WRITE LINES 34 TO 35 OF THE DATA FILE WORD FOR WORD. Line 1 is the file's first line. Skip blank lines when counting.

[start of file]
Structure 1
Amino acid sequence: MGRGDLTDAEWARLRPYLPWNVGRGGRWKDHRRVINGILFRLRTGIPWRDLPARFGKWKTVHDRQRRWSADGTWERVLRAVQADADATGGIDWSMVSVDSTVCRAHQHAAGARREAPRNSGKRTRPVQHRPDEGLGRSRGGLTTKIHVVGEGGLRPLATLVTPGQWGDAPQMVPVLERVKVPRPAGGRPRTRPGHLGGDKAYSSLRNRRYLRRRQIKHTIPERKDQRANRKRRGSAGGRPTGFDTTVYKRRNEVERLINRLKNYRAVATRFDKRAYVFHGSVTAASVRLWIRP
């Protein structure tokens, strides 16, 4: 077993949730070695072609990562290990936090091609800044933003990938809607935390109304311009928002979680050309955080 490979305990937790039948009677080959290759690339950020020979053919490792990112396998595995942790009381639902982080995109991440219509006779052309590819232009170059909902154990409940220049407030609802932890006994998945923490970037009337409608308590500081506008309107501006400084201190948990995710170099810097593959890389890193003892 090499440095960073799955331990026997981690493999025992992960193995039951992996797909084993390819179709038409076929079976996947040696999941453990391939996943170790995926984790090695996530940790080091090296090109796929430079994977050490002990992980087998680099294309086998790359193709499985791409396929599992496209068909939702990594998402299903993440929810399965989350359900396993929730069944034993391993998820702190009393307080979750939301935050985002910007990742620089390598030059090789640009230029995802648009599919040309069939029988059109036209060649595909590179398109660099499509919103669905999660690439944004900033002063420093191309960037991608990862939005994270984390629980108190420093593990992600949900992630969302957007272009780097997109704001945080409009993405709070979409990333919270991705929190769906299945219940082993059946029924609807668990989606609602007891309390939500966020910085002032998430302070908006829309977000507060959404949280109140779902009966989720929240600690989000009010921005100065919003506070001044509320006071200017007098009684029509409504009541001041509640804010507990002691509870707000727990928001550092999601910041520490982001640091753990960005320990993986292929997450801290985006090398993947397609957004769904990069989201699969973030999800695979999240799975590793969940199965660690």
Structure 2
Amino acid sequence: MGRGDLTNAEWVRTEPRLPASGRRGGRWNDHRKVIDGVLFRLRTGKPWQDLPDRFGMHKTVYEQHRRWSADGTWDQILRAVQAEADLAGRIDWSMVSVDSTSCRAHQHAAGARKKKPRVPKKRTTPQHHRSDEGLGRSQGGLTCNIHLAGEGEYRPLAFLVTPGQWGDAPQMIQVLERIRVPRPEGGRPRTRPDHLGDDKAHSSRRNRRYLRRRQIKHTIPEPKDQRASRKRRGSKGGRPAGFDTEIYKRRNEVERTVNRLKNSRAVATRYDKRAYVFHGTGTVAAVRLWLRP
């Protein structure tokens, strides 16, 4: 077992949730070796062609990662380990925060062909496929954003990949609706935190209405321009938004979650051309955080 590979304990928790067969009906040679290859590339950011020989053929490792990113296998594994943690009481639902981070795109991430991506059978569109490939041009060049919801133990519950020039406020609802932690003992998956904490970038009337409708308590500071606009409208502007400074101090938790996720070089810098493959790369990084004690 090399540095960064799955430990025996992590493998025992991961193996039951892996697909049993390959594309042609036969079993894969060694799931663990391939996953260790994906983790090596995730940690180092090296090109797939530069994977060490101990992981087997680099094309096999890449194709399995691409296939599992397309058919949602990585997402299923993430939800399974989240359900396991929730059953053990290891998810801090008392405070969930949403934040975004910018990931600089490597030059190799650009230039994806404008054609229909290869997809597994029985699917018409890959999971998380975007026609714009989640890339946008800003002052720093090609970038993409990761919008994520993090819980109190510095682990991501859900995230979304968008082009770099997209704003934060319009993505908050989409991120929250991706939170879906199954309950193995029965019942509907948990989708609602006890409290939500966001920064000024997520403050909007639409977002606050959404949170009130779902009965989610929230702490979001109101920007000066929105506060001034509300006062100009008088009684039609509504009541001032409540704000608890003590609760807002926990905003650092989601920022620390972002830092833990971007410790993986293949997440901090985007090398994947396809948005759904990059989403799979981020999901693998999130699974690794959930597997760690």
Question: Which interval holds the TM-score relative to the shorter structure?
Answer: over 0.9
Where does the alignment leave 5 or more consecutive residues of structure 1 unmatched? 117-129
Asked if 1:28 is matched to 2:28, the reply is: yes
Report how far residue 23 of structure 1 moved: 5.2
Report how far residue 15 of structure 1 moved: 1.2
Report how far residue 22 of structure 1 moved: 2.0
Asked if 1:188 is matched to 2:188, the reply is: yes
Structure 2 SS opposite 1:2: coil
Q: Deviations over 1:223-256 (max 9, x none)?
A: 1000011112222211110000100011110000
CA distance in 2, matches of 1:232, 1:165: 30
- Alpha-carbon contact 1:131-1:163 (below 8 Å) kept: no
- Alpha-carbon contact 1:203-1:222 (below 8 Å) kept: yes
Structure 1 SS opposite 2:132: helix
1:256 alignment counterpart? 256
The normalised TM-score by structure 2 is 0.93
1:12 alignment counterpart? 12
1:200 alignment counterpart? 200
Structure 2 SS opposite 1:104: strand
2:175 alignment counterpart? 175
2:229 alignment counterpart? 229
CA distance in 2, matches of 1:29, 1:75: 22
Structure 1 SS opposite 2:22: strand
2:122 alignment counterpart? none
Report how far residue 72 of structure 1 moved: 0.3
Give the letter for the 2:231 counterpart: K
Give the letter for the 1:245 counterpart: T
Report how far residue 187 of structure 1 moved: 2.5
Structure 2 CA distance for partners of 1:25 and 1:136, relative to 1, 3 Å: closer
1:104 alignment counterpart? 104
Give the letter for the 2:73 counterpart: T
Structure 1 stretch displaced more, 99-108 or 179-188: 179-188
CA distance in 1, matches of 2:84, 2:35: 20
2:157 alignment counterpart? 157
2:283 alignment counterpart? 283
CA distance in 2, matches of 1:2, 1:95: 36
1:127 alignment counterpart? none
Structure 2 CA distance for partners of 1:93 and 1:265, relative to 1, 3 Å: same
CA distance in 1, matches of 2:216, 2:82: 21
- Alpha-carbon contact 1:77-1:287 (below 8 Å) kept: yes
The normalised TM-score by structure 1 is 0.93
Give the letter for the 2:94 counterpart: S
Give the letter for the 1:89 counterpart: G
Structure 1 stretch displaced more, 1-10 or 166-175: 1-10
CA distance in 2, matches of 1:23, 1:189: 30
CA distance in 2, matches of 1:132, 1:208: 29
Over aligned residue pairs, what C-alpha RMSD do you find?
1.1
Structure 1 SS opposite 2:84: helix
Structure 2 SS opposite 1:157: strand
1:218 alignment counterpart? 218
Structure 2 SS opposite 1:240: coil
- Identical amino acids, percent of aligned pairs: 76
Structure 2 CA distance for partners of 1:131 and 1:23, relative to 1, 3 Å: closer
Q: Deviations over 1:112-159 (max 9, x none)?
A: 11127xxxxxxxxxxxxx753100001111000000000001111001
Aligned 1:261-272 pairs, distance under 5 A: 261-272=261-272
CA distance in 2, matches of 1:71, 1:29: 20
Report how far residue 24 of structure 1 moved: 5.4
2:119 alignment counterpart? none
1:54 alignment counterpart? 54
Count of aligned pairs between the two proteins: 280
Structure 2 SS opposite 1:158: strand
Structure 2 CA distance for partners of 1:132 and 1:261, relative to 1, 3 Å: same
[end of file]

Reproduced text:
Give the letter for the 1:245 counterpart: T
Report how far residue 187 of structure 1 moved: 2.5